High Raise (Langdale)

Published 25 June 2014

Approaching the summit of High Raise

The date is 3 April 2014. The place is Langdale. And the plan is to do four of Langdale’s lesser known fells, walking from Silver How and ending at High Raise. A plan? Yes, without a doubt.

It seems to be compulsory for me to end a Langdale trip with some mad rush down the paths in order to get the bus back out of there. The previous summer I’d had to the 200m sprint through the beer garden of the Sticklebarn Tavern, water bottles flying off as I lept over fences in order to get the 516 bus back to Ambleside.

The bus had just shut its doors as I reached the front of the New Dungeon Ghyll, and I thought it was all lost. Either the driver or a kindly passenger spotted me from afar, and the doors re-opened once more as I pegged it on board, before collapsing in an exhausted heap on a nearby seat. And then there was the time I’d been up Esk Pike where my timing was so off that I was required to whole up in the Old Dungeon Ghyll for several hours, eating food and drinking copious amounts of beer, before calling for a taxi. True, I could have called the taxi earlier, but then I wouldn’t have been able to sup quite so many pints of Old Peculiar.

With this visit to Langdale I was determined I’d get back down in plenty of time for the 5pm bus; the last 516 of the day. Down in so much time that I’d be able to celebrate a further set of Wainwrights with a pint before casually strolling to the end of the road with minutes to spare.

As I stood at the top of Sergeant Man, I peered at my watch. Twenty past one. Yep, I think I had enough time to meet that goal. And some more. It would take at least an hour to get to the valley, but there was clearly no need to head down quite so soon. And besides, there was one more fell to do.

Heading towards High Raise from Sergeant Man

It’s not as if I was far from High Raise. Sergeant Man is, after all, a secondary summit of the fell. The proper top was a mere half a mile away. It would be easily bagged, and enable me to get down to the valley floor and have so much free time for that pint that it would be embarrassing. I’d probably have to order two…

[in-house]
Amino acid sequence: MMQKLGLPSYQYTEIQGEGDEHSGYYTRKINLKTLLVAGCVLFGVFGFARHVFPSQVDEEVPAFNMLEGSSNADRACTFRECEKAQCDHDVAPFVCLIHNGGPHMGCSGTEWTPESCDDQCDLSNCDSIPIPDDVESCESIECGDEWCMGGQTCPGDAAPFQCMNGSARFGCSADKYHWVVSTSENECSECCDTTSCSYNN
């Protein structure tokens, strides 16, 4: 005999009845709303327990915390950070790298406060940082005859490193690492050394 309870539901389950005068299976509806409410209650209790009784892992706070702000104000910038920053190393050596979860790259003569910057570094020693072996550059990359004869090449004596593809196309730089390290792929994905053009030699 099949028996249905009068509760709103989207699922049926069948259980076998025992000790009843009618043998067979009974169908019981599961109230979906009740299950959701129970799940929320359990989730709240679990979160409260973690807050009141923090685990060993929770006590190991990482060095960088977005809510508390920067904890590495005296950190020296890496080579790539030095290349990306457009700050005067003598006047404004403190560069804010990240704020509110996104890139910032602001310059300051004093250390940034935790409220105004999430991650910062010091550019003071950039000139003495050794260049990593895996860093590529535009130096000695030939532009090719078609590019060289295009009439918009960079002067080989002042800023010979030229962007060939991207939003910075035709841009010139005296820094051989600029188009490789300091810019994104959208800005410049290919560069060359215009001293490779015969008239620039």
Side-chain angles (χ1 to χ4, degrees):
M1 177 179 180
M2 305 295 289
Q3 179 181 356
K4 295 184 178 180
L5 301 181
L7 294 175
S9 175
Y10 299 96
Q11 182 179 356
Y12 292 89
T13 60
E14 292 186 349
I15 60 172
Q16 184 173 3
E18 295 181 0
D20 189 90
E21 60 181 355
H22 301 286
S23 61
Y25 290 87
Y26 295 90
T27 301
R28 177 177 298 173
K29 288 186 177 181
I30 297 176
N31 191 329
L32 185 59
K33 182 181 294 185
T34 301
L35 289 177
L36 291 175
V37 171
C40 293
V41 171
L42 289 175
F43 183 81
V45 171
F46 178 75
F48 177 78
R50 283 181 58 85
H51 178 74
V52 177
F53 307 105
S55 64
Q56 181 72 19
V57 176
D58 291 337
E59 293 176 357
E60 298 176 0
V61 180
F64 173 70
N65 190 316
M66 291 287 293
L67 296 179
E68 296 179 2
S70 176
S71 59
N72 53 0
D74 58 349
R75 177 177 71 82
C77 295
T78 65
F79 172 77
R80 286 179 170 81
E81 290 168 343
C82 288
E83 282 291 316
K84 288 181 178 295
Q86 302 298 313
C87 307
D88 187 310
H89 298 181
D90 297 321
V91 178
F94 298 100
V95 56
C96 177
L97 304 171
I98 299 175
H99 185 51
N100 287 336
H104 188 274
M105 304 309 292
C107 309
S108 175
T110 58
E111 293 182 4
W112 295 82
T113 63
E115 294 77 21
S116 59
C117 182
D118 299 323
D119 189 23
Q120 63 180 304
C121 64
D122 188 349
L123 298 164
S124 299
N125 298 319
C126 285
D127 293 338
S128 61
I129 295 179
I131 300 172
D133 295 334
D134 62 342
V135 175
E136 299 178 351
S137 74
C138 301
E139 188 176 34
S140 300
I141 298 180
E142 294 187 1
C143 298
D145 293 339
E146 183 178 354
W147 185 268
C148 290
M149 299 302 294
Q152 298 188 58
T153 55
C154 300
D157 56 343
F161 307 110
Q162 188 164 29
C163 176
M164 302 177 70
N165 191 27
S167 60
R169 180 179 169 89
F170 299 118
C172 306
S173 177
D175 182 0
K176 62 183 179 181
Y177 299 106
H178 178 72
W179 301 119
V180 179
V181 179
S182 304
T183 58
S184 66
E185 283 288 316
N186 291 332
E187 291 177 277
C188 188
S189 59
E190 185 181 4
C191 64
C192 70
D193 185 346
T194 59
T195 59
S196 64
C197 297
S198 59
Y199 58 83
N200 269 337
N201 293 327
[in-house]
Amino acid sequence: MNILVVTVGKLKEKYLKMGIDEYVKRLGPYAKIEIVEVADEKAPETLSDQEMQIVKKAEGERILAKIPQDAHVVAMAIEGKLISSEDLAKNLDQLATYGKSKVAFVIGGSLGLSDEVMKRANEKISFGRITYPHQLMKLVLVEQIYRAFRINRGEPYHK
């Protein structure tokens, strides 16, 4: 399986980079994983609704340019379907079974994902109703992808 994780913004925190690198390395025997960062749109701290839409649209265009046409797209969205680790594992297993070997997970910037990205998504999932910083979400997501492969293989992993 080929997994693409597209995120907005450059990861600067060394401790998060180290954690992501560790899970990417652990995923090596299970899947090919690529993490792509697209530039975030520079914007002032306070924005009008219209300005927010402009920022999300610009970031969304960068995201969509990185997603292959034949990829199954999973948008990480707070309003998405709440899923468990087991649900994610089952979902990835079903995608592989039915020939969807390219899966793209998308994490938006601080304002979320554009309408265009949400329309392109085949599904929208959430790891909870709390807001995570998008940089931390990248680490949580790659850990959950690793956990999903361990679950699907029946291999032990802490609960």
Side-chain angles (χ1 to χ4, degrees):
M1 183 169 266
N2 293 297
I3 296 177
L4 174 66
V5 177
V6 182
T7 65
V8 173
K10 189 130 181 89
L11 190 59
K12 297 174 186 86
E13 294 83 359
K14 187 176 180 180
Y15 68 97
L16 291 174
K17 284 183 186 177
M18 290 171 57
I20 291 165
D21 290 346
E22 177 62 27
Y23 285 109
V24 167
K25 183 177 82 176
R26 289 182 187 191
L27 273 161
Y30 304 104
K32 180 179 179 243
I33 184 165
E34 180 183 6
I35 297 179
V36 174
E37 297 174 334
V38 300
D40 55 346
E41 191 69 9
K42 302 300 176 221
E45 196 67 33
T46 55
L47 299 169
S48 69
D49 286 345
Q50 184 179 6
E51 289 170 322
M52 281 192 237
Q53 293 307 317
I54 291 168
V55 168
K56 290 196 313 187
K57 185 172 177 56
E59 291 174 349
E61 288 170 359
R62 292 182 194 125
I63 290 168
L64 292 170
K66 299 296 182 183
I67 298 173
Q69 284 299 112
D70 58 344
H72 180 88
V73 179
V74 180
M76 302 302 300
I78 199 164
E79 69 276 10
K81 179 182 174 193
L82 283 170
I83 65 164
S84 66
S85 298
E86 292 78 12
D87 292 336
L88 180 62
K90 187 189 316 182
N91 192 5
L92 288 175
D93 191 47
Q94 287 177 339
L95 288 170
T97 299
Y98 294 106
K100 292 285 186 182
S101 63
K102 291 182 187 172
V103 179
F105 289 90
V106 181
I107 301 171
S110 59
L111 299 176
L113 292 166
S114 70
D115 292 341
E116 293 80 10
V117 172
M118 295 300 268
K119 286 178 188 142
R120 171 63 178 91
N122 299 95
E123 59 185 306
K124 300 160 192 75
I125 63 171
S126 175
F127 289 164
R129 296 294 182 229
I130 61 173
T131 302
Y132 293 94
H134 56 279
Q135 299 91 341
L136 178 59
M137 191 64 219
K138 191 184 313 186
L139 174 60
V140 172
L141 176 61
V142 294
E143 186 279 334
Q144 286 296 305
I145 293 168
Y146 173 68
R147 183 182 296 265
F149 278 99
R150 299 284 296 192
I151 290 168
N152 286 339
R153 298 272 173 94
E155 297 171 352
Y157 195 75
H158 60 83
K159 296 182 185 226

There seemed to be some kind of convoy heading in High Raise’s direction. Even on a quiet Thursday in April, the fells were busy. I made a guess – rightly as it turned out – that most would be heading off back to Grasmere afterwards, but still I was a little non-plused to be in such a crowd. Such is the problem with Langdale. Whilst I love it to bits, so do many others, and it is necessary to share. I didn’t want to share. I resented having to share all this. I wanted High Raise to myself. Actually, I tell a lie. I wanted the whole area to myself.

Trig point at the summit of High Raise

We can’t always have what we want. And I didn’t even get to go directly to the stone built trig point on High Raise’s summit; instead having to queue whilst some other people quietly admired it first.

I tried to take in the tranquil beauty of it all; admiring the nearby fells, partially hidden by the clouds. Off over there was, well goodness knows what. It was all slightly ghostly outlines. On a good day you can see Morecambe Bay and the Three Peaks in Yorkshire from High Raise, but that wasn’t happening here.

No matter. It’s not the view that counts. Well, that’s what I tried to tell myself as I looked over my shoulder to see the large party I’d been trying to avoid since Silver How had caught up with me. How they’d done that when they must have spent most of their time standing still whilst one of them rooted in their rucksack, well I don’t know, but they had.

And as they chatted, and rooted around some more, the tranquil moment disappeared. They seemed to be settling in for a rest stop, so reluctantly I teared myself away and headed off. The path down the valley would take me over one more Wainwright, but it would be a re-visit. Thunacar Knott was simply I fell I needed to pass over the way down.

A visit past the Langdale Pikes followed, and some time later I found myself sat outside the Sticklebarn Tavern holding a pint of ale and a packet of crisps, admiring a fine view of Langdale and musing how I would make my beer last the required hour and fifteen before the bus arrived. And naturally I came to the only, quite terrible, conclusion. It wouldn’t. I’d have to buy another.

Two days later I was back in London, wishing I’d had time for a third.

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